If Dry January feels too intimidating, you can always try Dry February. Whichever month you choose, make sure to use these 14 expert tips for a successful Dry January. One way to take your mind off booze is to take up a new hobby, Dr. Heinzerling says.
No, not R2D2!
Everyone has different reasons for doing Dry January. Not wanting to end up like garbage R2D2 is as valid as any of them. Once you’ve made your decision to go dry, be sure to take care of yourself in other ways. It’s not enough to remove a bad habit, says Dr. Heinzerling. To truly change, you need to replace it with healthy habits.
It’s normal to have many uncomfortable feelings surface when you’re no longer using alcohol to deal with them. But processing negative emotions is important for an overall healthier and happier life.
Keep a good streak going
Many people find that they enjoy the benefits of sobriety so much that they decide to continue Dry January longer. For a little inspiration, check out these recovery quotes that will motivate you to stay sober. The whole point of doing a challenge like Dry January is to focus on breaking bad habits and create a healthier relationship with alcohol, Dr. Heinzerling says.
There’s more than one way to stay dry
Dry January usually means forgoing the booze, not skipping the showers! Washing up isn’t always as easy as it sounds. Make sure you’re not making any of these common showering mistakes.
It’s a one-way relationship
When you first give up drinking, you may experience intrusive thoughts about alcohol, especially when you see something that reminds you of drinking. Try not to ruminate on what you’re missing and focus on all of the benefits you’re gaining, instead. For instance, another perk of quitting alcohol is that it becomes easier to start and maintain other good habits, like daily exercise and healthy eating, leading to even more health benefits, Dr. Heinzerling says.
Toast with sparkling cider
You may be surprised by how much free time you suddenly have when you quit drinking. This is the perfect opportunity to try out some different hobbies, like cooking or even mixology. There are many delicious alcohol-free drinks to try. Make this an opportunity to try these alcohol-free ways to unwind.
Don’t even think about it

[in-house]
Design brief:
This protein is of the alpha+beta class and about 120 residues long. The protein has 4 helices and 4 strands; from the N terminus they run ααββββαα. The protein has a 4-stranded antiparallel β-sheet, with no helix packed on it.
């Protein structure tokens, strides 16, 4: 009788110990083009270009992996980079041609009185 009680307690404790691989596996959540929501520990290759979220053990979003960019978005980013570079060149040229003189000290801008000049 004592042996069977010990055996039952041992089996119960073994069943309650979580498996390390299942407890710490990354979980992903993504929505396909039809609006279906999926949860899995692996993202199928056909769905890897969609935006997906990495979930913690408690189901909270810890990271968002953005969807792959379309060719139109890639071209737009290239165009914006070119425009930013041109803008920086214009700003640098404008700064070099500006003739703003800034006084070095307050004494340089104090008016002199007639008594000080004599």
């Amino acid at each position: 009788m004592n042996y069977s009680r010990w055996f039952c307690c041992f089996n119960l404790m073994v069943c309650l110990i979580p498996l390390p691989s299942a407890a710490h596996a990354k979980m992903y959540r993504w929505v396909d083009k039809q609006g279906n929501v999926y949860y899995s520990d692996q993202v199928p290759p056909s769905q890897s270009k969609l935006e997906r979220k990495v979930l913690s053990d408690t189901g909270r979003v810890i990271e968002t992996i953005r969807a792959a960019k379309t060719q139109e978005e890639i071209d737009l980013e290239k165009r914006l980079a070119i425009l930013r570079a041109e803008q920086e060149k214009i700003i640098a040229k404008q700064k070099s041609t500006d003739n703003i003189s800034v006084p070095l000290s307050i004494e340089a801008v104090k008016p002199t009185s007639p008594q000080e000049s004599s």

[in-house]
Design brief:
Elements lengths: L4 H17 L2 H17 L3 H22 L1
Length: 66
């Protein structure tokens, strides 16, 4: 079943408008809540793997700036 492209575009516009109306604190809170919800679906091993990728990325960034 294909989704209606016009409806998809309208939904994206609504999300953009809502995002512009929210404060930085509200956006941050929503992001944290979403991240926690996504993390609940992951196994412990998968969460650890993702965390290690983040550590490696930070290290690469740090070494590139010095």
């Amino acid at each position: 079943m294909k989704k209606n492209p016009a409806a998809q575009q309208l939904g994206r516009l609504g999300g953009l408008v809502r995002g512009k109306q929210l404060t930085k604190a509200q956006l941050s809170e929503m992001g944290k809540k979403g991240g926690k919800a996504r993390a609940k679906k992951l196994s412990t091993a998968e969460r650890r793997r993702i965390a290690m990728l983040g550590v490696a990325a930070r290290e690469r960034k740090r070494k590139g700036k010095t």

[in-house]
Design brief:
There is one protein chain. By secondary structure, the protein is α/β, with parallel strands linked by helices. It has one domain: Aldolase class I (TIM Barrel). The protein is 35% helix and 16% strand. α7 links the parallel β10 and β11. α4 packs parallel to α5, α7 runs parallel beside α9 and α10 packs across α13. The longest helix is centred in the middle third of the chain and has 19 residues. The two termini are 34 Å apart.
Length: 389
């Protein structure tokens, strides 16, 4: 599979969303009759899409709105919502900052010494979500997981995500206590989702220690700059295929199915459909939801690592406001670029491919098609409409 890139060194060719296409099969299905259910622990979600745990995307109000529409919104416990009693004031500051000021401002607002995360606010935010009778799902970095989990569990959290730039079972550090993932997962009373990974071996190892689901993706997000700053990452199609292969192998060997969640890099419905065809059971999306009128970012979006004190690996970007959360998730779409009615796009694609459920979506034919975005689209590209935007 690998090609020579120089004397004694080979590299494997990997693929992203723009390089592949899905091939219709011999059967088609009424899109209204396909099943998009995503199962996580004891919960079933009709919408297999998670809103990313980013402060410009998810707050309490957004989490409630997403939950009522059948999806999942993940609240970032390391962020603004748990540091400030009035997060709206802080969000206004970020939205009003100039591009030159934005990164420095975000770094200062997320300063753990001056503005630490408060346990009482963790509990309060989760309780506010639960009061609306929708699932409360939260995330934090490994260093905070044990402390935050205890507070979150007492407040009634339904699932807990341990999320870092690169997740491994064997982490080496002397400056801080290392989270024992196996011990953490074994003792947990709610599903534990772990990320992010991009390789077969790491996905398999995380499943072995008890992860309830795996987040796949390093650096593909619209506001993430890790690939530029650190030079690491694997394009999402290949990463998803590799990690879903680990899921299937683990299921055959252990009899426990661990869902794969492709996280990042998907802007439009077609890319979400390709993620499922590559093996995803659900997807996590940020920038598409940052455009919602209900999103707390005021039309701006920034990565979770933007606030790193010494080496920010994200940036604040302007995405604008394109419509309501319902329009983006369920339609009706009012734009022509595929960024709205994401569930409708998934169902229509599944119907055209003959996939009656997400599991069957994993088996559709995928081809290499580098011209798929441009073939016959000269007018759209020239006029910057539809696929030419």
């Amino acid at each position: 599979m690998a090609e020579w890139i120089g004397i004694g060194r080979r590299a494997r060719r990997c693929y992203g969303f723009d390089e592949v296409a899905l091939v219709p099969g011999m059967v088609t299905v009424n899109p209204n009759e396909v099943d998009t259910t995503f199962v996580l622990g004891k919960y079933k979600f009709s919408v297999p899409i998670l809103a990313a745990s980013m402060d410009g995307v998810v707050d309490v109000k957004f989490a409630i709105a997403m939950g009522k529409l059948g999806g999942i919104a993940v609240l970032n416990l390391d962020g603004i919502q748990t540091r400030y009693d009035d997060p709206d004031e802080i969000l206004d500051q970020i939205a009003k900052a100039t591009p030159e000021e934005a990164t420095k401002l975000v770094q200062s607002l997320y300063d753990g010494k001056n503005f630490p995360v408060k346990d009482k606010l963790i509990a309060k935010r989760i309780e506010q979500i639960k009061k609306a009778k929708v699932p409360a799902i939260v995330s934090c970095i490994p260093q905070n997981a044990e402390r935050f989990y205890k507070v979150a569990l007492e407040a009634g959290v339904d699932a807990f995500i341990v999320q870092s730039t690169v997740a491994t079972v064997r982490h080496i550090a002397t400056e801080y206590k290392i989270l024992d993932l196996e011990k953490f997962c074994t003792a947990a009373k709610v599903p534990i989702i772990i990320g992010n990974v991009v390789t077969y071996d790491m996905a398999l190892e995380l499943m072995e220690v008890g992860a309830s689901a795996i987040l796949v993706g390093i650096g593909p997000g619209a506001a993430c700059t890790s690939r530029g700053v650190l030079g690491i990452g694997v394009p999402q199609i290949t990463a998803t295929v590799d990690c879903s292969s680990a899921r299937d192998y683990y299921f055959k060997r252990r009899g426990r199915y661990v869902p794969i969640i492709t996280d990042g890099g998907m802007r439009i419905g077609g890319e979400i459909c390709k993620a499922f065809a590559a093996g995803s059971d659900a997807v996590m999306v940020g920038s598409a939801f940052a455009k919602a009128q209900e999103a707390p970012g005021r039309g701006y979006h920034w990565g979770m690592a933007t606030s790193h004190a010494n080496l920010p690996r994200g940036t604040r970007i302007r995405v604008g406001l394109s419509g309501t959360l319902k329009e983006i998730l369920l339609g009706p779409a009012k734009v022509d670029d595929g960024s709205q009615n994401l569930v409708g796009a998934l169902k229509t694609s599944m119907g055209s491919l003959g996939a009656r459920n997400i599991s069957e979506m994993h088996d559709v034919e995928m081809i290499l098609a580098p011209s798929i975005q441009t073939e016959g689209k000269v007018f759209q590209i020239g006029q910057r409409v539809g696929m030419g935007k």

One of the biggest challenges of doing an alcohol fast is dealing with how it changes your relationships and other social interactions. Planning ahead and having a solid support group can help, Dr. Heinzerling says. Feeling overwhelmed by Dry January? Try these simple tips to limit your alcohol consumption and keep your streak going.
Can I get a tiny umbrella?
No one wants to be “that guy,” but figuring out what to order instead of your usual cocktail can be tricky. There’s no need to ask for a juice box or a Shirley Temple. Try one of these eight non-alcoholic drink recipes that taste like the real deal.
Share your Dry January experience
Have you tried Dry January or another period of sobriety? We’d love to hear about it. At The Healthy, we believe that sharing your knowledge and experience about a personal health issue or challenge can take you one step closer to feeling better about or solving that issue for yourself. You can use the field below or this link to share your own experience and thoughts about Dry January.
We may use your story in future content that may help other people who are attempting a sober lifestyle or a Dry January. We want to know why you made that decision, as well as your obstacles and roadblocks, how you dealt with them, and who helped you on the way. What worked? What didn’t? If you have tips and advice, bring it on! And if it helps to tell your story, please submit a photo that we can share with other people.
- YouGov: "One in Five Americans is Participating in Dry January"
- National Institute on Alcohol Abuse and Alcoholism: "Alcohol Use in the United States"
- Keith Heinzerling, MD, MPH, an internist and addiction medicine specialist at Providence Saint John's Health Center and the Medical Director of the UCLA Center for Behavioral and Addiction Medicine